In photographs of my grandfather’s childhood, signs of Taiwan’s colonial past are everywhere. One that has stayed acutely imprinted in my mind is a group portrait of my youthful grandfather and relatives taken in the 1920’s. I remember the traditional yukatas worn by the men and the Japanese style school uniforms worn by the children, their stiff countenance and stance probably due to the prolonged exposure needed to make the picture. But what was striking were the unusually large leaves of a banana tree sprouting behind the assembled group. Its leaves were black and oily, each leaf disproportionately larger than the heads of the adults. If the tree had tentacles, it would be not unlike a type of carnivorous plant, engulfing the posing subjects standing within its grasp. Capturing the apparent incongruity of the elements in this photograph—my grandfather and relatives, the tropical climate of Taiwan, the Japanese clothing—was undoubtedly not the intention of the photographer, but the image stands as a compositional view of the contrasting forces shaping life in Taiwan at the time.

The act of seeing is never passive. The idea of the observer effect goes something like this: When one casts their gaze onto something, the observer changes or has influence over the future path of the subject or object’s being, however minutely. Seeing entangles the observer to the observed. Seeing requires the presence of light. So the mere presence of light and the observed object subjected to reflecting the light already causes a shift in its state on a subatomic level, since an electron changes course when it comes into contact with a photon. The photographic act is perhaps even more consequential to the subject depicted. There are countless numbers of examples supporting this proposition, from photography’s role in influencing behavior, shifting public opinion, changing the course of conflicts, and shaping history. In the photograph of my grandfather, did they decide themselves to dress in traditional Japanese clothing? Or did the photographer ask them to?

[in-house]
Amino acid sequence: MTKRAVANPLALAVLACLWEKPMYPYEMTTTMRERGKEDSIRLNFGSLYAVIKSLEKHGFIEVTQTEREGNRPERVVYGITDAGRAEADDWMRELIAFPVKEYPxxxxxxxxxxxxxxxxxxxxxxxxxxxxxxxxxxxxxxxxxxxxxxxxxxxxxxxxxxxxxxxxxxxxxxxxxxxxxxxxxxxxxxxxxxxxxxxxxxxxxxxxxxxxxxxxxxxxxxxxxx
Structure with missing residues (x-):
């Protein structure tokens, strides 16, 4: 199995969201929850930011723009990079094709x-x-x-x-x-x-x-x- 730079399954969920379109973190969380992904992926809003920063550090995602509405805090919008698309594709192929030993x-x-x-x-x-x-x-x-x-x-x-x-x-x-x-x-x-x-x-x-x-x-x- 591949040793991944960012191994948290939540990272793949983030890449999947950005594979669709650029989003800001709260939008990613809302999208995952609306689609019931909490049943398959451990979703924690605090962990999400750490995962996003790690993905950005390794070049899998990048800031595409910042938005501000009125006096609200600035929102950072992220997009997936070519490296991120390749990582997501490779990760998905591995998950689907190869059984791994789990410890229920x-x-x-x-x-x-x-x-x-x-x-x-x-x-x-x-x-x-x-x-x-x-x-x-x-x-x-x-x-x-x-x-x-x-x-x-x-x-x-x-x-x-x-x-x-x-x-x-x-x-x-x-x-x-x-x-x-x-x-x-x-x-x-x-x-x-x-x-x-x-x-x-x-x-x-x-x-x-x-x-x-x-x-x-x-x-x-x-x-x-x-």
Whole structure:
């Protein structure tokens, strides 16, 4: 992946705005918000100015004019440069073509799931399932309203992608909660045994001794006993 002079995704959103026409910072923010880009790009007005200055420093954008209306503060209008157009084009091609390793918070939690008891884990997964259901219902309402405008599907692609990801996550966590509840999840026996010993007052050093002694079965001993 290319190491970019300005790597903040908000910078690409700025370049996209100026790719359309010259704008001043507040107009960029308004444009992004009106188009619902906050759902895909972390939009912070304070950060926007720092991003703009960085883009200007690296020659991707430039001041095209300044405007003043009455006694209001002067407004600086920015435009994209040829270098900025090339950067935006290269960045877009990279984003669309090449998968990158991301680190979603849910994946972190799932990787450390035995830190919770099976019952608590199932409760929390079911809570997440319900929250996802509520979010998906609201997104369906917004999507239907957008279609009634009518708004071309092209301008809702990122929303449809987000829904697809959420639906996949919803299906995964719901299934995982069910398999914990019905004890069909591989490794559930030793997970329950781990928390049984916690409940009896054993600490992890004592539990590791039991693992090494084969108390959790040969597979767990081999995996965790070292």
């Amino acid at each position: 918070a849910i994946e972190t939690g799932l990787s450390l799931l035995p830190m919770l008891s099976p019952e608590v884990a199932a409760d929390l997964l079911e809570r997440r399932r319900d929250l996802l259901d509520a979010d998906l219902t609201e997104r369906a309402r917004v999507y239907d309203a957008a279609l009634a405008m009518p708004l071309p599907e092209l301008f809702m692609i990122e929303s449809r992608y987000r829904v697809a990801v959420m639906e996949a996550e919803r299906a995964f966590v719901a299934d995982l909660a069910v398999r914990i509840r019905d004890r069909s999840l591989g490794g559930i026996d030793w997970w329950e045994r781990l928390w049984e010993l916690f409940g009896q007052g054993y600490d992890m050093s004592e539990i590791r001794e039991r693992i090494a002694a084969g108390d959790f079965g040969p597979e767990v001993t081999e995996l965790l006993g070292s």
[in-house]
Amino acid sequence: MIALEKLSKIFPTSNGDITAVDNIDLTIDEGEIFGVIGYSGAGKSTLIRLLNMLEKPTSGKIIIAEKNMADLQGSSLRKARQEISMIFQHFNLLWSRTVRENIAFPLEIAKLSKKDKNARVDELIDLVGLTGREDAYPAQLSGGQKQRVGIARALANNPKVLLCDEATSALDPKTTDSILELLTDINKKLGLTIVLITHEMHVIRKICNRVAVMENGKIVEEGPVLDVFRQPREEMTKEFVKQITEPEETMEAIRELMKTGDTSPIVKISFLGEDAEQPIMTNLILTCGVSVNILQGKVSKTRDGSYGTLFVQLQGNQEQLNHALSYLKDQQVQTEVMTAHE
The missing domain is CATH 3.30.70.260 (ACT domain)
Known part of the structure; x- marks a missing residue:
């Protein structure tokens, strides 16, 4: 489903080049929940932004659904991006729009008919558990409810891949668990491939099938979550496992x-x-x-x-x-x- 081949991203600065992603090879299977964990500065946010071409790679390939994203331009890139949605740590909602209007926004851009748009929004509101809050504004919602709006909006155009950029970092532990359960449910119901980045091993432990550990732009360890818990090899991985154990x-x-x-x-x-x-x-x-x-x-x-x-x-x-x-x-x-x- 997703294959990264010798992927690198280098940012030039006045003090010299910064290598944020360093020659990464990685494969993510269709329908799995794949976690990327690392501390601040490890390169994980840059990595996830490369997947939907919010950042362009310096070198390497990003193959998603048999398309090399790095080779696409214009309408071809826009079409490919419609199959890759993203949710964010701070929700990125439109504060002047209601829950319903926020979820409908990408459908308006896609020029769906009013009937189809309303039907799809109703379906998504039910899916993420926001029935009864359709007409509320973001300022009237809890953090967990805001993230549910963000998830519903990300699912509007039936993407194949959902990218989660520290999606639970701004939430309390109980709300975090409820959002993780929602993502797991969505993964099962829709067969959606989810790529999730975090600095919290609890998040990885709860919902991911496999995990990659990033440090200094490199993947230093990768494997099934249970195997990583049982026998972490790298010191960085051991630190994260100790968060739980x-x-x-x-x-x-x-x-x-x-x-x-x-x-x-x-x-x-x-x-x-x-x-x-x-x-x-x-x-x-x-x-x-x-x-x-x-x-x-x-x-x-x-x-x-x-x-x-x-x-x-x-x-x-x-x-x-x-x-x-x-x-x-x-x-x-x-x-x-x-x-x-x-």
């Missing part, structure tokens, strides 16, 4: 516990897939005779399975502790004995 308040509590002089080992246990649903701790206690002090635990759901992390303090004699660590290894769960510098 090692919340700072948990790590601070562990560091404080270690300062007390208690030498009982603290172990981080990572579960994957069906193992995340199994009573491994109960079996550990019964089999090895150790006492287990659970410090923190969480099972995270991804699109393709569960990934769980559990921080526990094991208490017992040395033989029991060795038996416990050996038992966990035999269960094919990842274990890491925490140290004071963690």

It is common knowledge that the etymology of the word “photography” is rooted in Greek; “fotografía” translates to “drawing with light.” It is also accepted understanding that a photograph, although indexical, is more of a subjective transcription rather than an objective, evidentiary document. We can broaden this notion of photography’s role in shaping reality through other cultural understandings of the medium. In Japanese, “photography” is translated to “写真” which are the characters for “writing reality,” while in Chinese, the characters “攝影” means “recording shadows.” A photographic observation is an intervention and changes the course of the subject’s future path. This photograph of my grandfather is part of his identity, putting the colonial forces shaping his life on display. And in turn, these forces, represented through this single photograph, have since been weaved into the fabric of my worldview.

Arthur Ou was born in 1974 in Taipei (Taiwan) and is based in Queens, New York. He has exhibited internationally, most recently in the 2018 Queens International at the Queens Museum, “99¢” at the Museum of Contemporary Art, Detroit, and “Astoria” at the Grazer Kunstverein in Graz, Austria. His work has been featured in publications including Artforum, Aperture, Blind Spot, Camera Austria, and Art in America. His work has also been considered in published surveys “THE PHOTOGRAPH AS CONTEMPORARY ART,” by Charlotte Cotton, “THE BEAUTY OF A SOCIAL PROBLEM: PHOTOGRAPHY, AUTONOMY, ECONOMY,” by Walter Benn Michaels, and “PHOTOGRAPHY IS MAGIC,” also by Charlotte Cotton. His book, “THE WORLD IS ALL THAT IS THE CASE,” was published by Roma publications in 2019. He is an associate professor of photography at Parsons School of Design in New York City.